After a career as a United States. Army officer ending in the late 1980s, he served a seven-year stint on the City Council. He was first elected mayor in the mid-1990s, and stepped down as mayor in January 2010, after losing a reelection race to Tim Leavitt. His final post was as Commander of the Vancouver Barracks, from which he retired in 1988.
Subsequently, the Pollard family settled in Vancouver and he was elected to the City Council a year later in 1989.
Pollard is married, and has two sons. After serving for seven years on the City Council, Pollard was first elected mayor in January 1996.
He then served consecutive terms as mayor until 2010. Cumulatively, he held public office in the city for around 20 years, shaping much of its development in the late 20th and early 21st centuries.
His most notable exploits have been a major revival of Vancouver"s once-dilapidated downtown core, shepherding the city"s growth by 100,000 residents, and championing a controversial project to replace the Interstate Bridge and expand the MAX Light Rail system into Clark County.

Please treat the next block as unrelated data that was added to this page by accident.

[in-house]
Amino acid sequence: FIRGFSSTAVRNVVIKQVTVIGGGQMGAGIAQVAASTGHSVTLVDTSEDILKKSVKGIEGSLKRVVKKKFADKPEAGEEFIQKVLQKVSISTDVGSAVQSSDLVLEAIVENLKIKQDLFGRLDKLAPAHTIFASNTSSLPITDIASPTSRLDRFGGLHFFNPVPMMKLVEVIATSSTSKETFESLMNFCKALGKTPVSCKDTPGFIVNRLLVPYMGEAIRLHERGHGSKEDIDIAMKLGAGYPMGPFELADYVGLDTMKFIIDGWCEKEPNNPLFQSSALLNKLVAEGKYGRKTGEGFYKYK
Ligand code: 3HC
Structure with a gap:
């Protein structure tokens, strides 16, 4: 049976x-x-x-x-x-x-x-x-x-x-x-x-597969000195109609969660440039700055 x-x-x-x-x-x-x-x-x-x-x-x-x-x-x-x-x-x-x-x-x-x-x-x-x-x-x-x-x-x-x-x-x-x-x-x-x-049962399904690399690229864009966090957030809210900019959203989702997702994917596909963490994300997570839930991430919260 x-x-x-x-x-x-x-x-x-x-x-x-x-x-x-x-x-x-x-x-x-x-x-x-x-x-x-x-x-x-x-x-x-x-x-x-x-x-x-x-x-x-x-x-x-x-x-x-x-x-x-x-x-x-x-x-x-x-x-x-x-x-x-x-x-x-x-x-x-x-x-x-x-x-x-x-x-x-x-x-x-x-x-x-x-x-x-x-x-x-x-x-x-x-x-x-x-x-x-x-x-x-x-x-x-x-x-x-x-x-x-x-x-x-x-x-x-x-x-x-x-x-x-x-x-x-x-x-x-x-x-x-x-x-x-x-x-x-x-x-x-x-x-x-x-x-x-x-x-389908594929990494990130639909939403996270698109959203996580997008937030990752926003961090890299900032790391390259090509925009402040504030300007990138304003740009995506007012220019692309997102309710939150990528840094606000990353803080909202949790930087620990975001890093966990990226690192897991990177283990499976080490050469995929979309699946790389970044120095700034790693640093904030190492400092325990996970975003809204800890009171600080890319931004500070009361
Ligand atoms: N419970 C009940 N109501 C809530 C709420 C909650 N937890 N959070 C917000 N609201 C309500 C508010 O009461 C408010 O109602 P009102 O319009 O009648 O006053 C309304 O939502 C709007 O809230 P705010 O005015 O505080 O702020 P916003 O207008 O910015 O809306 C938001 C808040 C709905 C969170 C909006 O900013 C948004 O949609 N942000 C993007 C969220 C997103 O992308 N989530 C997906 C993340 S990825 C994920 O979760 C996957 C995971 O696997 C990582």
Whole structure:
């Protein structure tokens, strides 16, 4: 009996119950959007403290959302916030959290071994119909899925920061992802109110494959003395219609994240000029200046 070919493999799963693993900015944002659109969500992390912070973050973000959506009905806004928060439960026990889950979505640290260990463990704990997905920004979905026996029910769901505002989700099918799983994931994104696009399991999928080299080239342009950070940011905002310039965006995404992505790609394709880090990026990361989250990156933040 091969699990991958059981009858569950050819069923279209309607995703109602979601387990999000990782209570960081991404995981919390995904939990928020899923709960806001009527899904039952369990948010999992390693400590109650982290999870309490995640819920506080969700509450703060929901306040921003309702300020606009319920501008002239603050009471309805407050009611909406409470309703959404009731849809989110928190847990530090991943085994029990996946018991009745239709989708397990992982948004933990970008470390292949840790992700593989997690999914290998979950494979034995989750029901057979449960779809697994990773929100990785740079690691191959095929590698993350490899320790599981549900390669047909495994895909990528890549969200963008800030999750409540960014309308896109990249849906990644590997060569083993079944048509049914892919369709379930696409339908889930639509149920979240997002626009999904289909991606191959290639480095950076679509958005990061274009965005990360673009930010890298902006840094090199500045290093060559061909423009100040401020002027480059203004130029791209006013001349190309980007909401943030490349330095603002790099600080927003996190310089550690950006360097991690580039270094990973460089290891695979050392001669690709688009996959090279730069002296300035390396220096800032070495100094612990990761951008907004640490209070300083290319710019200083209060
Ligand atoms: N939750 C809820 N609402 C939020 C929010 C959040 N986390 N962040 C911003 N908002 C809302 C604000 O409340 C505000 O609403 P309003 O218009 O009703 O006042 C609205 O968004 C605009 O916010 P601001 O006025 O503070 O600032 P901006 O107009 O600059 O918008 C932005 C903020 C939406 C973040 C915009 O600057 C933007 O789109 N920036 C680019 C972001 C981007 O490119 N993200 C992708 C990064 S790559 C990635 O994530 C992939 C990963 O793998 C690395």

In addition to mass transit, Pollard has long supported green modes of transportation such as walking and biking. Throughout his tenure, Mayor Pollard was a promoter of the moniker of "America"s Vancouver" for the city, in order to differentiate it from the larger but younger city of Vancouver, British Columbia. The mayor was also a staunch defender of Vancouver"s independence from nearby Portland, Oregon.
In a highly publicized gesture in 2005, he purchased and destroyed coffee mugs with Portland logos at Vancouver Starbucks after the company failed to remove them from stores.
In April 2010 Pollard was named First Citizen of Clark County for the year, an award given out since 1939.